//     [ "Peder", <undefined>, "Lars", <undefined>, <undefined>,
//       "Eriksen", "Blekken", "Aas" ]

// Note also that the setValues() call will *not* truncate a field
// container if you use it to change a subset at the start:
SbString n[4] = { "Dixon", "Adams", "Bould", "Winterburn" };
textnode->string.setValues(0, sizeof(n) / sizeof(n[0]), n);
// Full contents of the SoMFString is now:
//     [ "Dixon", "Adams", "Bould", "Winterburn", <undefined>,
//       "Eriksen", "Blekken", "Aas" ]

// Inspecting multi-field values. //////////////////////////

// This will read the second element (counting from zero) if the
// multivalue field and place it in "val".
SbString val = textnode->string[2];

// Gives us a pointer to the array which the multiple-value field
// is using to store the values. Note that the return value is
// "const", so you can only read from the array, not write to
// it.
const SbString * vals = textnode->string.getValues(0);

// Modifying multi-field values. ///////////////////////////

// You can of course modify multifield-values by using the set-
// and get-methods shown above, but when you're working with
// big sets of data, this will be ineffective. Then use this
// technique instead:
SbString * modvals = textnode->string.startEditing();

// ... lots of modifications to the "modvals" array here ...

// Calling the finishEditing() method is necessary for the
// scene graph to be updated (and re-rendered).

The reason it is more effective to wrap many modifications within startEditing() / finishEditing() is because we avoid the stream of notification messages which would otherwise be sent for each and every modification done. Instead there will just be a single notification about the changes, triggered by the finishEditing() call.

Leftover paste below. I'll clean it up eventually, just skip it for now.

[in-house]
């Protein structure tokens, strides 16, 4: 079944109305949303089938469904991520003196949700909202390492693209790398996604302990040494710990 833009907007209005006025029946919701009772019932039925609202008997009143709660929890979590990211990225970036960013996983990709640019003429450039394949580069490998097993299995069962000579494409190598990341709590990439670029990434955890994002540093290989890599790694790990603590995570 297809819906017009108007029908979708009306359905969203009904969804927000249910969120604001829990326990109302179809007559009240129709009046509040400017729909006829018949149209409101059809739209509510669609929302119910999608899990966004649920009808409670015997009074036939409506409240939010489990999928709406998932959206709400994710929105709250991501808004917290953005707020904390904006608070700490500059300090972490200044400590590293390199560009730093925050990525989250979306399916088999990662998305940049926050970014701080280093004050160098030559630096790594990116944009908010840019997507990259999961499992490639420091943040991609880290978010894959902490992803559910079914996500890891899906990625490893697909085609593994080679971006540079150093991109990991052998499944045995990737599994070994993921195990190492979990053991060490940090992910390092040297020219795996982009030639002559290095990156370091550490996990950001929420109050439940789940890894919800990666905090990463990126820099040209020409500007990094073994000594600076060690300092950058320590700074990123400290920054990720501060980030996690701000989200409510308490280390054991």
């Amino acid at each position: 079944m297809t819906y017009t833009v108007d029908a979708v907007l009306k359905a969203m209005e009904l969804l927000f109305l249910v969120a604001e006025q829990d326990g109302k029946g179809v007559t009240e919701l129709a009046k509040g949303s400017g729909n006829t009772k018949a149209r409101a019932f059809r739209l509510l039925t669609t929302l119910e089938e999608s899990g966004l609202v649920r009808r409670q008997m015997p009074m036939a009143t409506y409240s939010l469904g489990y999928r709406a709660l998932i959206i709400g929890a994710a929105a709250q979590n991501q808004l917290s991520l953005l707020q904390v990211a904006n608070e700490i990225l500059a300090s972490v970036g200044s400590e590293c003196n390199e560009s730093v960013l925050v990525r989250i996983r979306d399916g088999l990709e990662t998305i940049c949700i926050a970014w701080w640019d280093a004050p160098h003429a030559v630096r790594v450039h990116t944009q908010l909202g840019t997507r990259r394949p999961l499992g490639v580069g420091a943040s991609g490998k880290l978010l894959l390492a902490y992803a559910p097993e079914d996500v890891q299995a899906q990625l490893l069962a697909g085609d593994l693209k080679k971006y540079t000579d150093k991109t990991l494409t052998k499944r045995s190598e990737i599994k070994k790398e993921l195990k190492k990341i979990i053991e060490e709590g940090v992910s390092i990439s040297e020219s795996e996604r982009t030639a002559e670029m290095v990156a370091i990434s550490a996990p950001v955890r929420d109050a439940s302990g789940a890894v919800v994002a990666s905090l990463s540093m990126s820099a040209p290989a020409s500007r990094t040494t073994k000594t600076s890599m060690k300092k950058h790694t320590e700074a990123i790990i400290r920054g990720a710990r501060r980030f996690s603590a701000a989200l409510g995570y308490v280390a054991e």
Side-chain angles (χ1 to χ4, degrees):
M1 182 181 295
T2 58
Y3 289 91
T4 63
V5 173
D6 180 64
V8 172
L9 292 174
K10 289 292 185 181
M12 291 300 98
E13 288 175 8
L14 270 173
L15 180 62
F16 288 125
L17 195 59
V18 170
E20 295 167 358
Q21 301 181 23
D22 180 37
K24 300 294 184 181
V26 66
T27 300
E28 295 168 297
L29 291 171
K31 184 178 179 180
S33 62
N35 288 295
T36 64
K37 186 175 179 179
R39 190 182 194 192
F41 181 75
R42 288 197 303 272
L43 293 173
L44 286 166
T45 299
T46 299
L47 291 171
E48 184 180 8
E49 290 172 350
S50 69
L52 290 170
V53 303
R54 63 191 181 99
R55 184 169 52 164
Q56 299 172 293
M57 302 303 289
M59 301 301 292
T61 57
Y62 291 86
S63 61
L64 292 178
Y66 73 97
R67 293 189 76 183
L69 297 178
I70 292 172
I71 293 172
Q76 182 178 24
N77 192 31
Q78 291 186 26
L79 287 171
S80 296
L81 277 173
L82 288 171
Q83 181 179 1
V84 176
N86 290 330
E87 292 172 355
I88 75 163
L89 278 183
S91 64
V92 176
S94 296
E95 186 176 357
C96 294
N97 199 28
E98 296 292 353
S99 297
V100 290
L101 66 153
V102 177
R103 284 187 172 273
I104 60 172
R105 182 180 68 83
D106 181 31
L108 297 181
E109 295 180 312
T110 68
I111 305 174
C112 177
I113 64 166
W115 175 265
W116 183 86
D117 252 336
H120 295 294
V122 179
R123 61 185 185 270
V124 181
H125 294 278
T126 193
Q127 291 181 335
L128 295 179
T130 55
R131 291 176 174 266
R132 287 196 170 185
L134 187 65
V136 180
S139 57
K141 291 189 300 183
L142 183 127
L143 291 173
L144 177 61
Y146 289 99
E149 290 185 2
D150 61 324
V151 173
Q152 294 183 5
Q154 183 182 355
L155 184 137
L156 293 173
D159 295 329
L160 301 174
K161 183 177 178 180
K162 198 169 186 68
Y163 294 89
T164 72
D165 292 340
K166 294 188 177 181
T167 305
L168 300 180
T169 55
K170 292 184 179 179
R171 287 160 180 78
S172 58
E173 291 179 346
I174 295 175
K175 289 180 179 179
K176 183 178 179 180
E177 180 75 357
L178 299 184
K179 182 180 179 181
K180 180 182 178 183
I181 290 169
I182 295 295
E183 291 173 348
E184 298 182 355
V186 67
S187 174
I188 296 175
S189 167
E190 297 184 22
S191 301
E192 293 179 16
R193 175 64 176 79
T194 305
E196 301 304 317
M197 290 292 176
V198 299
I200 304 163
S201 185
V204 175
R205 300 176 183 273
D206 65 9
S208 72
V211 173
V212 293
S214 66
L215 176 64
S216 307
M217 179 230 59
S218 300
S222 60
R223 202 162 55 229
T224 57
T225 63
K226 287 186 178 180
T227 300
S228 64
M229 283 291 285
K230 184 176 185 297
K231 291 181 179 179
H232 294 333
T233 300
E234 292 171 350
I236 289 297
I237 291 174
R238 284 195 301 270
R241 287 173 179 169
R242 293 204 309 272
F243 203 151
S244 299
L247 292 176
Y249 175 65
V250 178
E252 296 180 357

The correct manner in which to pre-allocate a specific number of field values in one chunk is to use the SoMField::setNum() method, for instance in advance of using the startEditing() and finishEditing() methods. The field values will be uninitialized after expanding the field with the setNum() call.

Be aware that your application code must be careful to not do silly things during a setValues()-triggered notification. If you have code that looks for instance like this:

// update set of coordinate indices at the start of e.g.
// an SoIndexedFaceSet's coordIndex field..
ifs->coordIndex.setValues(0, runner->numIndices, runner->indices);
// ..then truncate to make sure it's the correct size.

As setValues() might leave some elements at the end of the array that typically can be invalid indices after the first statement is executed, something can go wrong during notification if you have application code monitoring changes, and the application code then for instance triggers an action or something that tries to use the coordIndex field before it's updated to it's correct size with the setNum() call.